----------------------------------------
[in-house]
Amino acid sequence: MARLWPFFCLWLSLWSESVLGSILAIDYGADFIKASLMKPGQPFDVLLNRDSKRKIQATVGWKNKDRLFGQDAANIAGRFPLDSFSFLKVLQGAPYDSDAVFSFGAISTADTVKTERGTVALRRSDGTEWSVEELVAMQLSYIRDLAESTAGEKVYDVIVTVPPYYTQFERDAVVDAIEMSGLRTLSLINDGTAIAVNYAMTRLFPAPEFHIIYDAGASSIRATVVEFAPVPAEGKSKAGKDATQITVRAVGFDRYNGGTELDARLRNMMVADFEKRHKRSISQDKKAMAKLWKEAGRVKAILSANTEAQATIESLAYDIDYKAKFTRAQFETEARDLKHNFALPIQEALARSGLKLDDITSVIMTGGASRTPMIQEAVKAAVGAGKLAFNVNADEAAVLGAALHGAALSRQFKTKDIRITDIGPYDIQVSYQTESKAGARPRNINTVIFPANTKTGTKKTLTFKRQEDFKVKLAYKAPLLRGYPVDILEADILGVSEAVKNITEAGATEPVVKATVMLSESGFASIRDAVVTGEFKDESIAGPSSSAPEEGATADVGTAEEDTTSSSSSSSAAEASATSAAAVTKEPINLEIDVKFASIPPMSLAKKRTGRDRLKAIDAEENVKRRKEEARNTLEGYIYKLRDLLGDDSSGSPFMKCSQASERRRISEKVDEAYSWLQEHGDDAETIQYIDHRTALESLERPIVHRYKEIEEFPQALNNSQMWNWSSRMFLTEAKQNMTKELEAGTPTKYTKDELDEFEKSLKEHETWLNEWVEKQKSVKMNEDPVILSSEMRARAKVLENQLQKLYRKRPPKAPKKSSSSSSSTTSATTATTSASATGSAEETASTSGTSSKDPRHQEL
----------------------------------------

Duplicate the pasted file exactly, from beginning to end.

[in-house]
Amino acid sequence: MARLWPFFCLWLSLWSESVLGSILAIDYGADFIKASLMKPGQPFDVLLNRDSKRKIQATVGWKNKDRLFGQDAANIAGRFPLDSFSFLKVLQGAPYDSDAVFSFGAISTADTVKTERGTVALRRSDGTEWSVEELVAMQLSYIRDLAESTAGEKVYDVIVTVPPYYTQFERDAVVDAIEMSGLRTLSLINDGTAIAVNYAMTRLFPAPEFHIIYDAGASSIRATVVEFAPVPAEGKSKAGKDATQITVRAVGFDRYNGGTELDARLRNMMVADFEKRHKRSISQDKKAMAKLWKEAGRVKAILSANTEAQATIESLAYDIDYKAKFTRAQFETEARDLKHNFALPIQEALARSGLKLDDITSVIMTGGASRTPMIQEAVKAAVGAGKLAFNVNADEAAVLGAALHGAALSRQFKTKDIRITDIGPYDIQVSYQTESKAGARPRNINTVIFPANTKTGTKKTLTFKRQEDFKVKLAYKAPLLRGYPVDILEADILGVSEAVKNITEAGATEPVVKATVMLSESGFASIRDAVVTGEFKDESIAGPSSSAPEEGATADVGTAEEDTTSSSSSSSAAEASATSAAAVTKEPINLEIDVKFASIPPMSLAKKRTGRDRLKAIDAEENVKRRKEEARNTLEGYIYKLRDLLGDDSSGSPFMKCSQASERRRISEKVDEAYSWLQEHGDDAETIQYIDHRTALESLERPIVHRYKEIEEFPQALNNSQMWNWSSRMFLTEAKQNMTKELEAGTPTKYTKDELDEFEKSLKEHETWLNEWVEKQKSVKMNEDPVILSSEMRARAKVLENQLQKLYRKRPPKAPKKSSSSSSSTTSATTATTSASATGSAEETASTSGTSSKDPRHQEL